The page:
As part of the debrief with Inna, the head of finance and Chris’ boss, they identified several mitigations, that Chris had not considered. Maria was a single woman in her 50’s – extremely experienced, but was put into a team, whose average age was 32; she didn’t speak German beyond a few holiday phrases and was leading a team of native speakers. She felt isolated, lonely and unwelcome in the team. She had little in common with her colleagues and had moved from a busy city life in New York to a quiet suburb of Munich. Most importantly, it was clear that Chris had set a tone where employees were expected to bring solutions, not problems – there was no opportunity for Maria to discuss with him the emotional challenges she was facing.  

We often associate inclusion with big, dramatic diversity measures; we have come to assume that we need to deal with unconscious bias, structural inequity and passivity in order to become an inclusive organization. And it is true, that addressing these will make huge progress towards equitable and inclusive cultures.  

Individuals and inclusion 

But it can be much simpler to start. Do you actually know your employees? Are they able to talk openly with you? Can you hear and understand the unspoken emotional portion of what they say? Do you have the cultural intelligence to be able to interpret their behavior and communication to give you an insight into how you can support them? 

Inclusion starts at a basic level with each individual. When we take time to develop cultural intelligence to understand the realities of each of the people we work with, we not only make better relationships, but we also add value to the organization. 

Take two! 

Let’s reimagine Maria’s story. 

In March 2020, Chris set up weekly meetings with his direct reports. He made sure each of them felt able to talk to him about their failures and issues, as well as successes, without it being a big deal. Each time, he coached them and supported them in overcoming the challenges, lending his authority and advice where needed. When Maria was getting ready to move to Germany, he emphasized that she could call him at any time if she was struggling; he also spoke to a couple of colleagues in Germany to make sure she was welcomed and made to feel at home when she arrived.  

Maria still struggled initially when she arrived, but her weekly conversations with Chris meant she had someone to talk to them about – she was able to voice her concerns and think aloud as she problem-solved. On Chris’ suggestion, she enrolled in German lessons – the colleague Chris had spoken to started inviting her to coffee every so often and insisted that they both speak German to try and improve her language skills.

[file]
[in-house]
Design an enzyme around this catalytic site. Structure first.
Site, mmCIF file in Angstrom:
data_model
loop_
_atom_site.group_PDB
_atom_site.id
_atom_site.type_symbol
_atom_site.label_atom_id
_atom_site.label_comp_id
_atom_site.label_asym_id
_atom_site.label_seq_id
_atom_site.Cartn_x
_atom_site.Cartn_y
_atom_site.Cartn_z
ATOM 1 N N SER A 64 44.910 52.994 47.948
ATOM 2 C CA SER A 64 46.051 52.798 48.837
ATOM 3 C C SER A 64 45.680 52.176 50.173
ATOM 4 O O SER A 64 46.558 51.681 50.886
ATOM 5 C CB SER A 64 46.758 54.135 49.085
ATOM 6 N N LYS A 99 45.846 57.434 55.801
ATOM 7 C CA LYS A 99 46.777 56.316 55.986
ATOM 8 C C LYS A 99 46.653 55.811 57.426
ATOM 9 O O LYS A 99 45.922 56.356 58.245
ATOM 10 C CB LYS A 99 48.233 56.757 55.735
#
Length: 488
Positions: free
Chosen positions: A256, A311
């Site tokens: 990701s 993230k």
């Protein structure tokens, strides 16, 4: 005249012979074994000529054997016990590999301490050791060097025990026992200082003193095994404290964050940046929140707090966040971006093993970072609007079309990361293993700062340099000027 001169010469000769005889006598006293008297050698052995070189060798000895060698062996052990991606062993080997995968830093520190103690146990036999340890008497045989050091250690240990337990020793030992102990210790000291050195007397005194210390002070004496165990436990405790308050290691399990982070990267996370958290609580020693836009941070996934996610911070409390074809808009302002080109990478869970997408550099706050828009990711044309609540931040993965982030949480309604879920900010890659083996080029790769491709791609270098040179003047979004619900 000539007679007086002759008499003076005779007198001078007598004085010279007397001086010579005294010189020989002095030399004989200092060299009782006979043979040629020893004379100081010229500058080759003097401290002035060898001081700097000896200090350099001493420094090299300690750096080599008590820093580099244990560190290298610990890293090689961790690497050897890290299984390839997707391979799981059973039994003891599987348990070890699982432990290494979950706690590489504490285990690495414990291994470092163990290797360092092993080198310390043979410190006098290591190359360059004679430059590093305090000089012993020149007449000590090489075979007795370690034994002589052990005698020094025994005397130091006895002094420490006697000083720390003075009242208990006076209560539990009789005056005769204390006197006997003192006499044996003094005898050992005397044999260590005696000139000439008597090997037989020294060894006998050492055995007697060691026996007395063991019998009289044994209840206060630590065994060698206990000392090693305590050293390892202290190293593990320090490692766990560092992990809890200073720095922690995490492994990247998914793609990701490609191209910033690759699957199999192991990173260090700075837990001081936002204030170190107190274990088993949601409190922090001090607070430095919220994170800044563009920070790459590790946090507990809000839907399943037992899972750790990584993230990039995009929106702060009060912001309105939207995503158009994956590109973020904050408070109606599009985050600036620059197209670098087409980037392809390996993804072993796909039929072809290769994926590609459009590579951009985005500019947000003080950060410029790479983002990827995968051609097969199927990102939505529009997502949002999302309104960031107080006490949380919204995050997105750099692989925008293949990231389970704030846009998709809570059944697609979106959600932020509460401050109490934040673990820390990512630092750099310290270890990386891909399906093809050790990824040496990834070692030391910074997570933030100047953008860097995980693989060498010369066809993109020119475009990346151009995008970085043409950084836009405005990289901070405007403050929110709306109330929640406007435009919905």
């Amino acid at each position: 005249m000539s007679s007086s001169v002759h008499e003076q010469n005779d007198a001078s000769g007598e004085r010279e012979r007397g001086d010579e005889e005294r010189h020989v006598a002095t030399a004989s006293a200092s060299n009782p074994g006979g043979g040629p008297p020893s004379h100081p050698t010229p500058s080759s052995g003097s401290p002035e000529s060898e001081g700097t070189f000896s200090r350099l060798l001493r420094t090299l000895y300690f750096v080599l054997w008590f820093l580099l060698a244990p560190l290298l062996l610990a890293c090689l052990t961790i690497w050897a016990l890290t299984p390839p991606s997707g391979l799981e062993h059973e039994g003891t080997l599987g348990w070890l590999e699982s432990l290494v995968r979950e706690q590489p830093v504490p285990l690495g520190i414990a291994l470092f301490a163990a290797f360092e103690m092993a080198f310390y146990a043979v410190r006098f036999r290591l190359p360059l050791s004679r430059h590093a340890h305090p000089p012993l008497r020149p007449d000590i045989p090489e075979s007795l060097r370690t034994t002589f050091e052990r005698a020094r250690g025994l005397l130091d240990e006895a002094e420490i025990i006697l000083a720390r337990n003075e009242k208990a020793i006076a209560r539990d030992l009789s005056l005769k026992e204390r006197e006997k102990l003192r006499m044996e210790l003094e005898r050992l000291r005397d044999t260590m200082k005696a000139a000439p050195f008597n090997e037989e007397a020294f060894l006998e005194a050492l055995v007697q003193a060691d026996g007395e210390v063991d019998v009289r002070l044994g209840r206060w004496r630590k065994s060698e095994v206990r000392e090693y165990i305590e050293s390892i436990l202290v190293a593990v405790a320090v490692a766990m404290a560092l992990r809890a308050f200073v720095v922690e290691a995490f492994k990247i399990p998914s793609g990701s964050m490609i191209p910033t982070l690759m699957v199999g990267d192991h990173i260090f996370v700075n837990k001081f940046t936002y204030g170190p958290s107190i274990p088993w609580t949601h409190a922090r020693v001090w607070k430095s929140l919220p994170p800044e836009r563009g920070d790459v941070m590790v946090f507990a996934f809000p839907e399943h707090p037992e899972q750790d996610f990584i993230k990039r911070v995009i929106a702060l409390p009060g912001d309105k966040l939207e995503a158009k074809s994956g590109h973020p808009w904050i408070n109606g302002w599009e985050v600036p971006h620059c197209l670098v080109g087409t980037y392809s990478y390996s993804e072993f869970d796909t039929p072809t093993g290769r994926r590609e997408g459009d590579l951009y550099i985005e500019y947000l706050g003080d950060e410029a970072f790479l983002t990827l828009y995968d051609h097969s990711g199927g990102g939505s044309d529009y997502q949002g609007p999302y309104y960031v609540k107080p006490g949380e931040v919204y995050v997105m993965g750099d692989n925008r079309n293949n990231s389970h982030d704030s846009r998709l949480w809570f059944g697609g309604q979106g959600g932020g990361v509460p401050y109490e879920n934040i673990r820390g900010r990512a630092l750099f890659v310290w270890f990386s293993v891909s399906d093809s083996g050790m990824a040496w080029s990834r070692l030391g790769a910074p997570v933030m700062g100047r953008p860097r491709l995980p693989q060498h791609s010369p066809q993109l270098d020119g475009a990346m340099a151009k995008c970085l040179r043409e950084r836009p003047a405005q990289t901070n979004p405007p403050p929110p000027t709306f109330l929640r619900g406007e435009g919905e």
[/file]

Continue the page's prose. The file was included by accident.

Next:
Fast forward to March 2022, Maria is back in New York, but now has a working knowledge of German, greater confidence and is ready for greater responsibility.  

Adding value through culturally intelligent empathy 

As soon as Chris shows empathy, he can add value to the business, by creating psychologically safe space for Maria; he helps her develop her own skills and by dealing with her situation in an agile way; and he’s helped Maria engage and get a greater sense of belonging within the organization.  

We know that this approach won’t work in every situation – and that’s where cultural intelligence is such an important part of empathy and psychological safety. We need to understand the cultural drivers of the people we work with, particularly if we are in a leadership position. That will give us the lens to see situations more clearly and create a culture that acknowledge the whole identity, the cultural needs and the unique context of each person. 

In the complexity of contemporary business, leaders must put the human in the digital. Cultural intelligent leaders can build inclusive cultures, add value to their teams and bring clarity of vision to the organization. 

WRITTEN BY MATTHEW MACLACHLAN

Matthew MacLachlan is a well published, leading expert in the field of cultural intelligence, global leadership and organisational development.